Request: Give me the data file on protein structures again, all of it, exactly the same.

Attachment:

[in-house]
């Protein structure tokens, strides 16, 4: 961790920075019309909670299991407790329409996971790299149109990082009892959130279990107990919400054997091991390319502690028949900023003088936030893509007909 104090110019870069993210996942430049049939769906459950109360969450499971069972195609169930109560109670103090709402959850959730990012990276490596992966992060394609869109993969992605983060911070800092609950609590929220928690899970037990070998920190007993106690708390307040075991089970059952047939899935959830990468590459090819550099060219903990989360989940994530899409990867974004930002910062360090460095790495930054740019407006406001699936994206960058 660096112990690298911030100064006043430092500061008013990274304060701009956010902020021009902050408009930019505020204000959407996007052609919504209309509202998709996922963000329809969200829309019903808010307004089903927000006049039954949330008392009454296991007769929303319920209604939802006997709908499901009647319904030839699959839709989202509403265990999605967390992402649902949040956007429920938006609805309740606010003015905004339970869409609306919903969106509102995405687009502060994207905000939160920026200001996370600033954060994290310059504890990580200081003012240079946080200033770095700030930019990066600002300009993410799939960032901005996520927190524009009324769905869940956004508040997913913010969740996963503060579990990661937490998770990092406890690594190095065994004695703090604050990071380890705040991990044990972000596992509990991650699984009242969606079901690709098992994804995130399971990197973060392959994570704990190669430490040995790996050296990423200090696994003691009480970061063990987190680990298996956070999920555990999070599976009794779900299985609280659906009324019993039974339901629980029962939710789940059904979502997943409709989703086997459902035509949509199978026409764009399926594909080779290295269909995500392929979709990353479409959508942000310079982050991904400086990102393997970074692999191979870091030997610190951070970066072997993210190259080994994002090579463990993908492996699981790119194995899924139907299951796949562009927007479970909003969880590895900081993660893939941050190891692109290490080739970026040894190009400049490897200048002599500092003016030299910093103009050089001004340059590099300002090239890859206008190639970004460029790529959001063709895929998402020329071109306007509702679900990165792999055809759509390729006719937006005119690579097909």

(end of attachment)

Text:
[in-house]
């Protein structure tokens, strides 16, 4: 961790920075019309909670299991407790329409996971790299149109990082009892959130279990107990919400054997091991390319502690028949900023003088936030893509007909 104090110019870069993210996942430049049939769906459950109360969450499971069972195609169930109560109670103090709402959850959730990012990276490596992966992060394609869109993969992605983060911070800092609950609590929220928690899970037990070998920190007993106690708390307040075991089970059952047939899935959830990468590459090819550099060219903990989360989940994530899409990867974004930002910062360090460095790495930054740019407006406001699936994206960058 660096112990690298911030100064006043430092500061008013990274304060701009956010902020021009902050408009930019505020204000959407996007052609919504209309509202998709996922963000329809969200829309019903808010307004089903927000006049039954949330008392009454296991007769929303319920209604939802006997709908499901009647319904030839699959839709989202509403265990999605967390992402649902949040956007429920938006609805309740606010003015905004339970869409609306919903969106509102995405687009502060994207905000939160920026200001996370600033954060994290310059504890990580200081003012240079946080200033770095700030930019990066600002300009993410799939960032901005996520927190524009009324769905869940956004508040997913913010969740996963503060579990990661937490998770990092406890690594190095065994004695703090604050990071380890705040991990044990972000596992509990991650699984009242969606079901690709098992994804995130399971990197973060392959994570704990190669430490040995790996050296990423200090696994003691009480970061063990987190680990298996956070999920555990999070599976009794779900299985609280659906009324019993039974339901629980029962939710789940059904979502997943409709989703086997459902035509949509199978026409764009399926594909080779290295269909995500392929979709990353479409959508942000310079982050991904400086990102393997970074692999191979870091030997610190951070970066072997993210190259080994994002090579463990993908492996699981790119194995899924139907299951796949562009927007479970909003969880590895900081993660893939941050190891692109290490080739970026040894190009400049490897200048002599500092003016030299910093103009050089001004340059590099300002090239890859206008190639970004460029790529959001063709895929998402020329071109306007509702679900990165792999055809759509390729006719937006005119690579097909």